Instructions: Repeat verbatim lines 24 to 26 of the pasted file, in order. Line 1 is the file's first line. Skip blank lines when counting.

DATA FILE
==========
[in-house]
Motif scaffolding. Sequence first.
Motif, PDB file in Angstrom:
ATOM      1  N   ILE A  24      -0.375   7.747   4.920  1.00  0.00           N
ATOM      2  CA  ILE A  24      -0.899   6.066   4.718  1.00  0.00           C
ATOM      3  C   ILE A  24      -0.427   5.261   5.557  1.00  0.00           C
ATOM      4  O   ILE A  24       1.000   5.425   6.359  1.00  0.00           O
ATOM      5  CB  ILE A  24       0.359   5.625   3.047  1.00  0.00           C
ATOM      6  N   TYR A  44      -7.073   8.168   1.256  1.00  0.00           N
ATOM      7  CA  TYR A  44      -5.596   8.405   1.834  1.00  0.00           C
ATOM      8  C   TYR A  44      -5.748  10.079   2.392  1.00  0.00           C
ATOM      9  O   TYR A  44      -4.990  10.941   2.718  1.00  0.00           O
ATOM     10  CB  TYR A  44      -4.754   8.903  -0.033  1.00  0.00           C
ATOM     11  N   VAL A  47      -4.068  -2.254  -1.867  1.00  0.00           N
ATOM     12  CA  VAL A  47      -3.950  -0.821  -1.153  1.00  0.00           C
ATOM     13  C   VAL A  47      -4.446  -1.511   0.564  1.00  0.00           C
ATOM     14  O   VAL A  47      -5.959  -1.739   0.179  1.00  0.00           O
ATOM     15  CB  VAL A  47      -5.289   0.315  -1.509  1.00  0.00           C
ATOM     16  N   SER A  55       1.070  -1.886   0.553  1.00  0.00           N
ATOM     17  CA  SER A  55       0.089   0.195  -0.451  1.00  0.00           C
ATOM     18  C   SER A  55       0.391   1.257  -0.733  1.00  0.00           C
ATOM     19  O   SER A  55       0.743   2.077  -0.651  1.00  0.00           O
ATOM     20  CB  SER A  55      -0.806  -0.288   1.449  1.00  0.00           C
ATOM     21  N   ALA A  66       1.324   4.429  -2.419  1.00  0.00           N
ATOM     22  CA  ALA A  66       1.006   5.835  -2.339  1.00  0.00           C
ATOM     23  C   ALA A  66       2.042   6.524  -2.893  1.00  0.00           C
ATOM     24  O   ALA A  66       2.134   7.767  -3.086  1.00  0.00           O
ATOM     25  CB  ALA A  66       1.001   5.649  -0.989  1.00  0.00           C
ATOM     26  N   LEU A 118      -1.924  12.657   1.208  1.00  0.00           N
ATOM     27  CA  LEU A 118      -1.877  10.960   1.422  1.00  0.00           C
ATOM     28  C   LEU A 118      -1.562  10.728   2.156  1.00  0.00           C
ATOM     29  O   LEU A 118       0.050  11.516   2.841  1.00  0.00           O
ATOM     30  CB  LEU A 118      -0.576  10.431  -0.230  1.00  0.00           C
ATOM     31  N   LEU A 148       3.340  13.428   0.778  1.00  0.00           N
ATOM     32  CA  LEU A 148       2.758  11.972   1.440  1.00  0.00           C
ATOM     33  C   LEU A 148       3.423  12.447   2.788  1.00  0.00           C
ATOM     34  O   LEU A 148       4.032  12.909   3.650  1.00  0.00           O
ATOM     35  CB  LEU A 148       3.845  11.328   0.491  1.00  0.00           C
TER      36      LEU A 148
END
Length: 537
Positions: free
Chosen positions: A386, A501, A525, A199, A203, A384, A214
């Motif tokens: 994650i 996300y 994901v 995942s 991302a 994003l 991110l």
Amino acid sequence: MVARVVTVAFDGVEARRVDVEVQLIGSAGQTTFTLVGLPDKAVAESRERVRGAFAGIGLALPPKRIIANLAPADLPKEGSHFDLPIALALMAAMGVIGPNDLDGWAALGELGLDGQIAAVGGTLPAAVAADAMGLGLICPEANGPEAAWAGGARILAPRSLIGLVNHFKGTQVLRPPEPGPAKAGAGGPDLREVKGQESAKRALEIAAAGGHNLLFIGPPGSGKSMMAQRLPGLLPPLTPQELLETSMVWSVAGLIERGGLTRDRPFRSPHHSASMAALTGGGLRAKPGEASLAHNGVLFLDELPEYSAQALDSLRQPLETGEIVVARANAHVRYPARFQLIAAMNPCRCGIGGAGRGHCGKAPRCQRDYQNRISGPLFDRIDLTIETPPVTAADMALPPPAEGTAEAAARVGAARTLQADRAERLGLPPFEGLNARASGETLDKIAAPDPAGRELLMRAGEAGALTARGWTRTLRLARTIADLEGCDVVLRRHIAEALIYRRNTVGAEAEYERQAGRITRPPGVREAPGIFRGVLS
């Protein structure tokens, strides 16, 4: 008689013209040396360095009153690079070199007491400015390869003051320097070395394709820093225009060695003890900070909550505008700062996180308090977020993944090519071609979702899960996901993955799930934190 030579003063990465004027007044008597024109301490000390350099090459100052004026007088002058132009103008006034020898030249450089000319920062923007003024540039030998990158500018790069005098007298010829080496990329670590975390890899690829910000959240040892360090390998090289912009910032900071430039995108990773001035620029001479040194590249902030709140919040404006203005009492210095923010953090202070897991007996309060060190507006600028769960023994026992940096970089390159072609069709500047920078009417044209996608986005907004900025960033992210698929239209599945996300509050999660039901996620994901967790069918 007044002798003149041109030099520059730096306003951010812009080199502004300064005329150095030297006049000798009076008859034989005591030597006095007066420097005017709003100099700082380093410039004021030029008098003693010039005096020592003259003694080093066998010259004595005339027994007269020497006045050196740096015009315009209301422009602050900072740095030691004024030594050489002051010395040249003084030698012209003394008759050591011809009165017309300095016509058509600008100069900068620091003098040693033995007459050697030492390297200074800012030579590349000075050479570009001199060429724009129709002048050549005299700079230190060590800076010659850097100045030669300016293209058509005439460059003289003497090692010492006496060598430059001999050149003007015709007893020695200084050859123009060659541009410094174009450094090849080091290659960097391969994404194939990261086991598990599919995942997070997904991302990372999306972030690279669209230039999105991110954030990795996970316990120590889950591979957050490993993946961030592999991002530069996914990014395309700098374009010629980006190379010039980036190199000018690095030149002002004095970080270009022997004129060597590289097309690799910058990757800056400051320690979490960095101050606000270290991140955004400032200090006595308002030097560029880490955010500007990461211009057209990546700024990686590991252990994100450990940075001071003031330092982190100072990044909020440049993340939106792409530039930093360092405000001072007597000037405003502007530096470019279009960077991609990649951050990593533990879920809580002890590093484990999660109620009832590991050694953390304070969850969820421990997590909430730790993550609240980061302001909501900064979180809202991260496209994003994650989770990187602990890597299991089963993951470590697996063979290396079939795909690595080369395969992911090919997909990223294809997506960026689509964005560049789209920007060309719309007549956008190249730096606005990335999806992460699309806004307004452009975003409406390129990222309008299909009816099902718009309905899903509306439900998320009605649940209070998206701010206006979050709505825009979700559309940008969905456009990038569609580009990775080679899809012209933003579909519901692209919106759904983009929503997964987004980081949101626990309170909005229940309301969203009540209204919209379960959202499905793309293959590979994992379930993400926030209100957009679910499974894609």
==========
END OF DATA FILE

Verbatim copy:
ATOM     21  N   ALA A  66       1.324   4.429  -2.419  1.00  0.00           N
ATOM     22  CA  ALA A  66       1.006   5.835  -2.339  1.00  0.00           C
ATOM     23  C   ALA A  66       2.042   6.524  -2.893  1.00  0.00           C